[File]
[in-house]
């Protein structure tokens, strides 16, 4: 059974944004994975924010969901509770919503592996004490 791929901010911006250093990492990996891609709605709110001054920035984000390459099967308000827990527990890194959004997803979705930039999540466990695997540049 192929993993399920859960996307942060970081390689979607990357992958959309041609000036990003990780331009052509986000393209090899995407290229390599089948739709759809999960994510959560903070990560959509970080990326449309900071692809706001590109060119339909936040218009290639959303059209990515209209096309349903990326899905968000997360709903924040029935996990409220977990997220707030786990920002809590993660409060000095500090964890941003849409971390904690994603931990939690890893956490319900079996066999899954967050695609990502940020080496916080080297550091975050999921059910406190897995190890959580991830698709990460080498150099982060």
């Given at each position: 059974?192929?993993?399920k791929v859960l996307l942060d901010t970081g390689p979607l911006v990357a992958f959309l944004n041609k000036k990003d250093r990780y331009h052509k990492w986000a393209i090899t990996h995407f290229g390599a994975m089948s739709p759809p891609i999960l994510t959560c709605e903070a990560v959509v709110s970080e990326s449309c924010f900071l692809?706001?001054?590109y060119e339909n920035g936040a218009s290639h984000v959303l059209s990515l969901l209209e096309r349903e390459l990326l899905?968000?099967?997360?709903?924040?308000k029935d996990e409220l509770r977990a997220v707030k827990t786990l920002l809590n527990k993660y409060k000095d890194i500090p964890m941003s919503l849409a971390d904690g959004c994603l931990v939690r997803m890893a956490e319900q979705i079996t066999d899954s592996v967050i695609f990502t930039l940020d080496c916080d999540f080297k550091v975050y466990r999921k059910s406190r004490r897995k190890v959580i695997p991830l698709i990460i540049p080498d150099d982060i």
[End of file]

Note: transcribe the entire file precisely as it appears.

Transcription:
[in-house]
């Protein structure tokens, strides 16, 4: 059974944004994975924010969901509770919503592996004490 791929901010911006250093990492990996891609709605709110001054920035984000390459099967308000827990527990890194959004997803979705930039999540466990695997540049 192929993993399920859960996307942060970081390689979607990357992958959309041609000036990003990780331009052509986000393209090899995407290229390599089948739709759809999960994510959560903070990560959509970080990326449309900071692809706001590109060119339909936040218009290639959303059209990515209209096309349903990326899905968000997360709903924040029935996990409220977990997220707030786990920002809590993660409060000095500090964890941003849409971390904690994603931990939690890893956490319900079996066999899954967050695609990502940020080496916080080297550091975050999921059910406190897995190890959580991830698709990460080498150099982060």
């Given at each position: 059974?192929?993993?399920k791929v859960l996307l942060d901010t970081g390689p979607l911006v990357a992958f959309l944004n041609k000036k990003d250093r990780y331009h052509k990492w986000a393209i090899t990996h995407f290229g390599a994975m089948s739709p759809p891609i999960l994510t959560c709605e903070a990560v959509v709110s970080e990326s449309c924010f900071l692809?706001?001054?590109y060119e339909n920035g936040a218009s290639h984000v959303l059209s990515l969901l209209e096309r349903e390459l990326l899905?968000?099967?997360?709903?924040?308000k029935d996990e409220l509770r977990a997220v707030k827990t786990l920002l809590n527990k993660y409060k000095d890194i500090p964890m941003s919503l849409a971390d904690g959004c994603l931990v939690r997803m890893a956490e319900q979705i079996t066999d899954s592996v967050i695609f990502t930039l940020d080496c916080d999540f080297k550091v975050y466990r999921k059910s406190r004490r897995k190890v959580i695997p991830l698709i990460i540049p080498d150099d982060i």